Albert Einstein, Paul Dirac and other founding physicists may have used pencils to work out the details of relativity and quantum mechanics. Now their modern successors are employing pencil lead in a new way to prove those theories--and potentially point the way toward a whole new form of electronics.

Pencil lead is actually graphite--a carbon mineral that, when dragged across paper, leaves writing behind because its atomic layers separate easily. This also means that it is an excellent conductor of electricity. Last year, Andre Geim of the University of Manchester in the U.K. used adhesive tape to strip graphite down to a layer just one atom thick; they called this superthin layer of graphite "graphene."

Experiments on graphene have revealed some strange phenomena, as detailed in two papers in today's Nature. The two-dimensional material remains capable of conducting electricity thanks to the free-floating electron in the honeycomb structure of carbon atoms. But these electrons display some unusual properties.

Geim's team found that they do not slow down, even at very low temperatures. In essence, the electrons act as if they have no mass, or no "rest mass," to use the more precise phrase from special relativity. It also means that graphite--at least the two-dimensional variety--never stops conducting. Dubbing these pseudo-relativistic particles "massless Dirac fermions," the researchers also proved that they travel far faster than electrons in other semiconductors. As such, they conform to that famous equation E=mc2 (with their actual speed, some 400 times slower than the speed of light, standing in for c).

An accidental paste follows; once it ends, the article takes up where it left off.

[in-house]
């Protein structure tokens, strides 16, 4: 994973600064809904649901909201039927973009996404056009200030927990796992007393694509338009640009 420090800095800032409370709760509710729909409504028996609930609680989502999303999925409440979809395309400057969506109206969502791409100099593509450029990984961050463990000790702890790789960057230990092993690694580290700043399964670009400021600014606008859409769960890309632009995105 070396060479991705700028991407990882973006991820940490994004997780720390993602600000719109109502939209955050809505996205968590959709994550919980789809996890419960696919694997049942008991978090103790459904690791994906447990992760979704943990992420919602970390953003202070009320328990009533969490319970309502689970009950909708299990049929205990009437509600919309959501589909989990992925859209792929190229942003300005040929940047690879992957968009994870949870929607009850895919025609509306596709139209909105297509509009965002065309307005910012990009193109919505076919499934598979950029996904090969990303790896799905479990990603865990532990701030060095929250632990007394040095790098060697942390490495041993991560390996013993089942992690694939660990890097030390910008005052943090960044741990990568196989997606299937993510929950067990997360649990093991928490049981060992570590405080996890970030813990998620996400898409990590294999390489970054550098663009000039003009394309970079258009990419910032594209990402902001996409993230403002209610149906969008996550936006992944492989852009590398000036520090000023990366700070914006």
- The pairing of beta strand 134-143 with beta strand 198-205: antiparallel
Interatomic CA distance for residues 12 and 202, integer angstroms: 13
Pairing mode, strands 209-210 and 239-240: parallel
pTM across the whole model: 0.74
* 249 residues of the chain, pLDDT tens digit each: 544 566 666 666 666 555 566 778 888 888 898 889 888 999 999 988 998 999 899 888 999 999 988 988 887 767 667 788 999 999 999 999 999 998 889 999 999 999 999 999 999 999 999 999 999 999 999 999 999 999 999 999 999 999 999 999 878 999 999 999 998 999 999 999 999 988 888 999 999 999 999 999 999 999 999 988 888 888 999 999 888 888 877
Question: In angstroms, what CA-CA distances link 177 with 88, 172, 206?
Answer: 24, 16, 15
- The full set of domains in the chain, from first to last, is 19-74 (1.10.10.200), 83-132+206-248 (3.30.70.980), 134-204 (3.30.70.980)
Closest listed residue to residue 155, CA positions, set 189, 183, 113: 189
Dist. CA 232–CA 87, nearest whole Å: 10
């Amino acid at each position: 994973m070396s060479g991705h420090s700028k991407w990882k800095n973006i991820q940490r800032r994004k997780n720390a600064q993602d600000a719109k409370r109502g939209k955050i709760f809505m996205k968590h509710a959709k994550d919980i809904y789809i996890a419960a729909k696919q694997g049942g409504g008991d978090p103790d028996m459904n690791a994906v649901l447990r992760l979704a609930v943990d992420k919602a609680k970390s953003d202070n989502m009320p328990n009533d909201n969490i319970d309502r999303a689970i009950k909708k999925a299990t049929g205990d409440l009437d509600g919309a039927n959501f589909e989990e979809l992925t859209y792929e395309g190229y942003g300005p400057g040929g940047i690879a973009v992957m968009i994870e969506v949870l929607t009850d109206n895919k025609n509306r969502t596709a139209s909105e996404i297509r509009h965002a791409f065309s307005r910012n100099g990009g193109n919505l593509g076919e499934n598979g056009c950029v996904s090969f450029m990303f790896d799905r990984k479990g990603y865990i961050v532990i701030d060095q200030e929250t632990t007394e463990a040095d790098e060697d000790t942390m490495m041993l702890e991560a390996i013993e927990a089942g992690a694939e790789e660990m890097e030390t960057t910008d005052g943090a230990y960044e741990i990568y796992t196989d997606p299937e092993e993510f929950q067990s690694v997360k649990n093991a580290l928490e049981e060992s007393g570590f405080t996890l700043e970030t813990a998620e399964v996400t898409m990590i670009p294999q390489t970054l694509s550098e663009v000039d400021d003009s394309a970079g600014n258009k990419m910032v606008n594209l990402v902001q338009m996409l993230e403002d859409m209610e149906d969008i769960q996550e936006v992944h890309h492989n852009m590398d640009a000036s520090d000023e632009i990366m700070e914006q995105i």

Physicists at Columbia University, led by Philip Kim, independently confirmed these findings and also found that the massless electrons fulfilled the predictions of the Hall effect. (Edwin Hall proved in 1879 that applying a magnetic field at a right angle to a conducting material would create a voltage that is perpendicular to the regular flow of current through that material.) This effect is also applicable at the quantum level, with one caveat: instead of the voltage smoothly increasing as the magnetic field intensifies, the voltage jumps up in steps. And that is exactly how the massless electrons in the graphene behaved, according to both groups.

Ultimately, Kim writes, the findings may "lead to new applications in carbon-based electronic and magneto-electronic devices," though further research is needed. It also means that the graphite left behind by a pencil--stripped down to a layer one atom thick--can be used to prove the theories scrawled in pencil by physicists of old.